: in SANTA CLARA V. SOUTHERN PACIFIC RAILROAD -- that corporations
: also have the constitutional shield of "equal protection" as
: PERSONS under the 14th Amendment. This means that corporations
: are recognized constitutionally and that corporate activity has
: 14th Amendment "equal protection." In other words corporations
: gain significant constitutional protections at a time, 1886, when
: most flesh and blood persons -- women, Native Americans and once
: again most African American men -- were still DENIED the right to
: vote, DENIED equal protection.
: If there is any question in your mind about the role the courts
: have played in advancing the pre-eminence of the property rights
: of a propertied class over the human rights of the working class,
: consider these four facts.
: 1. The 14th Amendment states, "No state shall make or enforce
: any law which shall abridge the privileges or immunities of
: citizens of the United States; nor shall any State deprive any
: PERSON of life, liberty, or property, without due process of law;
: nor deny any PERSON within its jurisdiction the equal protection
: of the laws"(emphasis added). The 14th Amendment was added to
: the Constitution in 1868 to protect the rights of freed slaves,
: but as Supreme Court Justice Hugo Black pointed out in
: CONNECTICUT GENERAL CO. V. JOHNSON (1938), "Of the cases in this
: court in which the Fourteenth Amendment was applied during the
: first fifty years after its adoption, less than one-half of one
: percent invoked it in protection of the Negro race, and more than
: fifty percent asked that its benefits be extended to
: 2. In MINOR V. HAPPERSETT (1875) the women of Ohio argued that,
: under the 14th Amendment, protection of due process, the U.S.
: Constitution established that their right to vote could not be
: denied by the state. The U.S. Supreme Court rejected that
: argument. Women received constitutional protection for the right
: to vote 48 years later in 1920 when the 19th Amendment to the
: Constitution established that the right to vote could not be
: denied on the basis of sex.
: 3. While the courts were extending "rights" to corporate persons
: and denying them to women, by 1920 the courts had struck down
: roughly 300 labor laws.
: 4. More than 1,800 injunctions against strikes were issued
: between 1880 and 1931. Of the 118 labor injunctions heard in
: federal courts between 1901 and 1928, 70 of them were issued EX
: PARTE, i.e. without giving the defendants the opportunity to be
: heard because the defendants were not even notified of the
: hearing. All the defendants in these cases were labor unions.
: It appears that the Supreme Court has two sides to its brain.
: With one side it creates, protects and promotes "rights" for the
: institutions of the rich, and with the other side it suppresses
: human rights, like the right to vote and the right to associate.
: Back to the Dartmouth College case. Following the logic of
: contracts, the U.S. Supreme Court also ruled that because the
: state is party to the contract the state can amend, abolish or
: change the contract at any time as long as there is a state law
: to that effect. So shortly after the Dartmouth decision, all the
: states passed laws, which are still in effect today, called the
: "reserve clause." The "reserve clause" retains the right of the
: state to change, abolish or alter corporate charters. How
: would you like to be involved in a legislative struggle to revoke
: the charter of a corporation that permanently replaces strikers
: or moves factories and destroys communities?
: Three People's Movements
: One of the reasons the framers of the Constitution created a
: federal government was to protect themselves from those who also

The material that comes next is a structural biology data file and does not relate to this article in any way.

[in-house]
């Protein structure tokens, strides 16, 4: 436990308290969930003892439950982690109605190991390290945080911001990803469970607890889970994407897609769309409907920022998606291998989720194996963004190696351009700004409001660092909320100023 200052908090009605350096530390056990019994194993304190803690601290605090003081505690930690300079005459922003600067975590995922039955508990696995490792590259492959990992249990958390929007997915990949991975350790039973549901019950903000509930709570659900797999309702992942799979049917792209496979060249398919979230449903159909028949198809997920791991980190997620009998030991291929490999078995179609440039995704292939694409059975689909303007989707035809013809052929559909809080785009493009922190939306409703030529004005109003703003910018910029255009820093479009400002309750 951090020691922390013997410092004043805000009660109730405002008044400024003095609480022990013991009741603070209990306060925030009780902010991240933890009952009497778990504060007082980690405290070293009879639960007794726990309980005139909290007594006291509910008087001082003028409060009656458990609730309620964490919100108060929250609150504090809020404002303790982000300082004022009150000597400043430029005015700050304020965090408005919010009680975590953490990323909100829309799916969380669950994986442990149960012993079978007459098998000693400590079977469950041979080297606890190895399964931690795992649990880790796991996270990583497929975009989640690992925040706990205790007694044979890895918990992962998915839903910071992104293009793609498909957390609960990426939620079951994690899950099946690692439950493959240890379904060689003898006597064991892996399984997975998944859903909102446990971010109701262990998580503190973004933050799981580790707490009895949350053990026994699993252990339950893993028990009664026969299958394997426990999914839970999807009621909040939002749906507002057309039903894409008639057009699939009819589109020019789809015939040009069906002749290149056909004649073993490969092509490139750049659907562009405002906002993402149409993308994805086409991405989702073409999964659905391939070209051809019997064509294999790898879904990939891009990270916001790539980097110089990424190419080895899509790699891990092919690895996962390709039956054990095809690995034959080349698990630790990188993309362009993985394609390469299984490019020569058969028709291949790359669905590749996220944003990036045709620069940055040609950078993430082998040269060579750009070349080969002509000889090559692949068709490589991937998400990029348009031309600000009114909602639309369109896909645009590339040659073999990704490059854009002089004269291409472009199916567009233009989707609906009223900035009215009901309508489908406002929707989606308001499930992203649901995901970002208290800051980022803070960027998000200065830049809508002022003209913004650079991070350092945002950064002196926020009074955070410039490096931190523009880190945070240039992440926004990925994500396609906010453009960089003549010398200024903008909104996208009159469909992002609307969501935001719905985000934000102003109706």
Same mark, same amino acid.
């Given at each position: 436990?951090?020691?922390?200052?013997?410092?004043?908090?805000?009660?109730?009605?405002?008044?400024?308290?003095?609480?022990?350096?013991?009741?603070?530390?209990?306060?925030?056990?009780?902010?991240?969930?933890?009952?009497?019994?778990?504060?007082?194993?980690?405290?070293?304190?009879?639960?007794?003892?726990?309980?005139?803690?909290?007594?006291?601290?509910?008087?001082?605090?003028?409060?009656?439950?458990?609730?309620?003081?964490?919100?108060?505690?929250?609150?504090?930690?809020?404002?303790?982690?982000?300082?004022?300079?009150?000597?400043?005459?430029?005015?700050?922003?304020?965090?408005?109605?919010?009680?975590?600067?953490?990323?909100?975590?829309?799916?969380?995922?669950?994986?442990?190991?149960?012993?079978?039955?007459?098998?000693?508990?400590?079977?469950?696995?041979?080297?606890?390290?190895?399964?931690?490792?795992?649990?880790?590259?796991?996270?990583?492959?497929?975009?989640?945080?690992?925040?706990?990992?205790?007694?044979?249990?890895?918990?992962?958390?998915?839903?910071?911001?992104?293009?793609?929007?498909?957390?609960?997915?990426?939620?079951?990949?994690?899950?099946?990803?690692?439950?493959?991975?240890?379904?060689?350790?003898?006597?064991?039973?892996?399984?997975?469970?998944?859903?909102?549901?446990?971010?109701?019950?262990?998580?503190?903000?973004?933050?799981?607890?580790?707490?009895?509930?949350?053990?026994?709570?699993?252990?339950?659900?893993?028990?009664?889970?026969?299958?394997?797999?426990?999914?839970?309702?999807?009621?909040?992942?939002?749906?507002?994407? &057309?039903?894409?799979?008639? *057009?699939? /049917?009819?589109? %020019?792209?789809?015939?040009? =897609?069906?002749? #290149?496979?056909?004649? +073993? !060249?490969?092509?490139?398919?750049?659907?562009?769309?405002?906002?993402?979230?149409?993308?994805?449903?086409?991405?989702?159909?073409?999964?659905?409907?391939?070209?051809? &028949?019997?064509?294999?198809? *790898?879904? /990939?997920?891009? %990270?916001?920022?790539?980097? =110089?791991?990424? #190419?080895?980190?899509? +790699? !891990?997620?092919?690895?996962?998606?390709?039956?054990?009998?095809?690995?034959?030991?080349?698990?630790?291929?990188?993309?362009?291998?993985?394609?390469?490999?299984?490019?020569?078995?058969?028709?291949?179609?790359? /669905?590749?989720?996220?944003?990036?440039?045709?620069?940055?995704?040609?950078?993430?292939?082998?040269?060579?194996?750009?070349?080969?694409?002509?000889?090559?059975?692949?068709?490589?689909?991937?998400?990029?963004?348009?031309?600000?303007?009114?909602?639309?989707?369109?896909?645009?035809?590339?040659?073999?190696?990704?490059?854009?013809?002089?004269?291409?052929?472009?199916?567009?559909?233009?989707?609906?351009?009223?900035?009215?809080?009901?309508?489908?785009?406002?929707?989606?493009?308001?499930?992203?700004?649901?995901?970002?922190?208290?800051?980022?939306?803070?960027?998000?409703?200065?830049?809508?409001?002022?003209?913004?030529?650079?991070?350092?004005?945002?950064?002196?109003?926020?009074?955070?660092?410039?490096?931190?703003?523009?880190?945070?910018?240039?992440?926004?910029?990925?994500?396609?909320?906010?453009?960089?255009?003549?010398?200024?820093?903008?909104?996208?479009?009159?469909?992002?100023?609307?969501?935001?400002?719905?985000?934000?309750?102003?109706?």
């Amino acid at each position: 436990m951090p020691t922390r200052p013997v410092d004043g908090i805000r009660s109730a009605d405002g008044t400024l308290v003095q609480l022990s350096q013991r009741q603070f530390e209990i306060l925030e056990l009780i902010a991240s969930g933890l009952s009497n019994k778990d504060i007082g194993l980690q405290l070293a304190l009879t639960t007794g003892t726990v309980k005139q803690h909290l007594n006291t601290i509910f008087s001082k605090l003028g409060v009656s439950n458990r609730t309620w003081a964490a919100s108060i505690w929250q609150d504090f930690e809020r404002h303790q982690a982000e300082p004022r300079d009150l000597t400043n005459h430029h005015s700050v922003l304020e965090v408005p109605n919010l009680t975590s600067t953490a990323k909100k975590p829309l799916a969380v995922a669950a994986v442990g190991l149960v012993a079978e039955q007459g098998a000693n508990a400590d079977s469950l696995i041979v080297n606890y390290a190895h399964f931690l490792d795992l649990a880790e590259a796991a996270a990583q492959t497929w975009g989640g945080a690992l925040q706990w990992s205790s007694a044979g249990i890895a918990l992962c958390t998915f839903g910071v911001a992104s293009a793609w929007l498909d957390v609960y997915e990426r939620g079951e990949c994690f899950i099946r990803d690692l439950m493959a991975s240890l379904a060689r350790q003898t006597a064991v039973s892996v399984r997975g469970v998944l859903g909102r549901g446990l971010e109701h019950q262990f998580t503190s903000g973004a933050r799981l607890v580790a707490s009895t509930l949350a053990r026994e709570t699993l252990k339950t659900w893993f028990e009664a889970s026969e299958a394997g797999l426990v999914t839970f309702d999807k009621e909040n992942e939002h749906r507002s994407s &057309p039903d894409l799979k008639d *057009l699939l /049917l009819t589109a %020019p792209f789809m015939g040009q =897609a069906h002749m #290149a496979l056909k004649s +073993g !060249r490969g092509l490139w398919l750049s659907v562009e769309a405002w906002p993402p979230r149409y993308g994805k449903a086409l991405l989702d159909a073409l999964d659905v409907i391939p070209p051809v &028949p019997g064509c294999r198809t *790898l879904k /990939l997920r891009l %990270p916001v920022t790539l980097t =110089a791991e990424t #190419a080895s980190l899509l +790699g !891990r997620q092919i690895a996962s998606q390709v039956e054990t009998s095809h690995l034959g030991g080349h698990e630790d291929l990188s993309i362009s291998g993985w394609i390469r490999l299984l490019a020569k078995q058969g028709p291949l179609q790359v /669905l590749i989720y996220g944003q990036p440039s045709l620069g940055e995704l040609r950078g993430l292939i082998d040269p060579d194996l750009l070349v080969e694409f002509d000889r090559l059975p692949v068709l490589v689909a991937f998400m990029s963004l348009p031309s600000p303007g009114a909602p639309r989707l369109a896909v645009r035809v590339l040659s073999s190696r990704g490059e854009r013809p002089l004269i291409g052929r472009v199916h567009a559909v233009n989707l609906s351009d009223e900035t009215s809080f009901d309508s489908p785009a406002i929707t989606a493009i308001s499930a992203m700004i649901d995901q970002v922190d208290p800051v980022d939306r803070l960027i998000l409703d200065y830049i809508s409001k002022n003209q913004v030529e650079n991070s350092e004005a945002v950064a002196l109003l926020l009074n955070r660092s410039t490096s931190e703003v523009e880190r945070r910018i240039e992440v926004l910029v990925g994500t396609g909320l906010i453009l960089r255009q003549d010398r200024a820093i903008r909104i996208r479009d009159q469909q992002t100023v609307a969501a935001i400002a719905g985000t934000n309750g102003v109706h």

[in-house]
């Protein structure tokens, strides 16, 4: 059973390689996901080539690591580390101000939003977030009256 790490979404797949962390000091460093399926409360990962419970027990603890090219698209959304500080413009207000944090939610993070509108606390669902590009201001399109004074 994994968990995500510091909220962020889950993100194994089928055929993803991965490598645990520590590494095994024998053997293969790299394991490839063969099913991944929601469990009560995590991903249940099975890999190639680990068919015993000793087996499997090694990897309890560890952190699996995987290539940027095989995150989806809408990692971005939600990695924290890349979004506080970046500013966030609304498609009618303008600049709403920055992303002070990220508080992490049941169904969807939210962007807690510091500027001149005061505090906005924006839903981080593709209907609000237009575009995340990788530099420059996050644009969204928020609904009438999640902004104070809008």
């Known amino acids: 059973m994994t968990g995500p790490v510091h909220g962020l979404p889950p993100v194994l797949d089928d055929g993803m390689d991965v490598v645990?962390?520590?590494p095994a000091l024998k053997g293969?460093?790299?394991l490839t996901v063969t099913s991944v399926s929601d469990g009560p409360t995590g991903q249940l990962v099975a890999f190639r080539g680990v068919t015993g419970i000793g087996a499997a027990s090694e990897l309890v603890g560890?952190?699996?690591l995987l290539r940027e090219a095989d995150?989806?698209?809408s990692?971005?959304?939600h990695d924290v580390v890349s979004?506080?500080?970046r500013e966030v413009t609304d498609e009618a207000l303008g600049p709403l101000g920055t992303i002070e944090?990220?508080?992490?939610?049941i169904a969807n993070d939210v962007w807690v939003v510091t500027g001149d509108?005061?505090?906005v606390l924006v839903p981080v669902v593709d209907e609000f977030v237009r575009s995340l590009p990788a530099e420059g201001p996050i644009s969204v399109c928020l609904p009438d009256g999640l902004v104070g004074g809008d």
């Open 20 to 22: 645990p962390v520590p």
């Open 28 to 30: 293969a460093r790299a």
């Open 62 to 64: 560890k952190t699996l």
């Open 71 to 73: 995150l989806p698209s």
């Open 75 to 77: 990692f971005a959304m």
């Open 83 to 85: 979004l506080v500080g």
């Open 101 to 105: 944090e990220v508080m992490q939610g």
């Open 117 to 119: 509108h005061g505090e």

: wanted to be included in "We the People." By the 1830s, movements
: to end slavery, advance the cause of labor and extend equal
: rights to women came to the fore. Slavery was ended after the
: Civil War with the passage of the 13th Amendment in 1865.
: Women's struggle to win the right to vote culminated with the
: passage of the 19th Amendment in 1920.
: With the passage of these amendments and the continuing agitation
: by the people who put them in the Constitution, major changes
: have taken place in our society. The restrictions on voter
: registration relating to property, sex and race are now gone, the
: society has been desegregated and women and people of color WITH
: PROPERTY now have access to due process. And maybe the most
: important thing the movements for sexual and racial equality have
: done is to put the story of their struggles into school books and
: created departments at our universities dedicated to the study
: and promotion of the goals of the movements that created them.
: However, labor has yet to make it into the Constitution, because
: the one concession that a propertied class will fight the hardest
: is one that would lead to a redistribution of wealth.
: [To be continued.]
: *Peter Kellman works for the Program on Corporations, Law and
: Democracy (POCLAD). For information on POCLAD, E-mail
: email@example.com; or www.poclad.org; or phone: (508) 398-1145;
: or mail: P.O. Box 246, So. Yarmouth, MA 02664-0246.
:  Elsie W. Clews, EDUCATIONAL LEGISLATION AND ADMINISTRATION OF
: THE COLONIAL GOVERNMENTS (N.Y.: MacMillan, 1899).
:  For more details about the Dartmouth case, send a request to
: POCLAD for Vol. 2, No. 2 and Vol. 2, No. 3 of their quarterly
: publication BY WHAT AUTHORITY. E-mail firstname.lastname@example.org, or phone
: (508) 398-1145.
:  William B. Forbath, LAW AND THE SHAPING OF THE AMERICAN LABOR
: MOVEMENT (Cambridge, Mass.: Harvard University Press, 1991), pg.
:  Leon Fink, IN SEARCH OF THE WORKING CLASS: ESSAYS IN AMERICAN
: LABOR HISTORY AND POLITICAL CULTURE (Urbana, Ill.: University of
: Illinois Press, 1994), pg. 251.
:  All state and federal laws are included, embedded, in all
: private contracts. Therefore if a state passes a law reserving
: the right to unilaterally change a contract it can do so. These
: "reserve clause" rights are considered to be part of every
: corporate charter created by the state. Therefore when a
: corporation is chartered, the parties involved agree that the
: state has the right to change the corporate charter without the
: consent of the other parties.
: Descriptor terms: labor; constitutional law; human rights;
: freedom of association; constitution; first amendment; fourteenth
: amendment; nineteenth amendment; dartmough college case;
: contracts clause; corporations;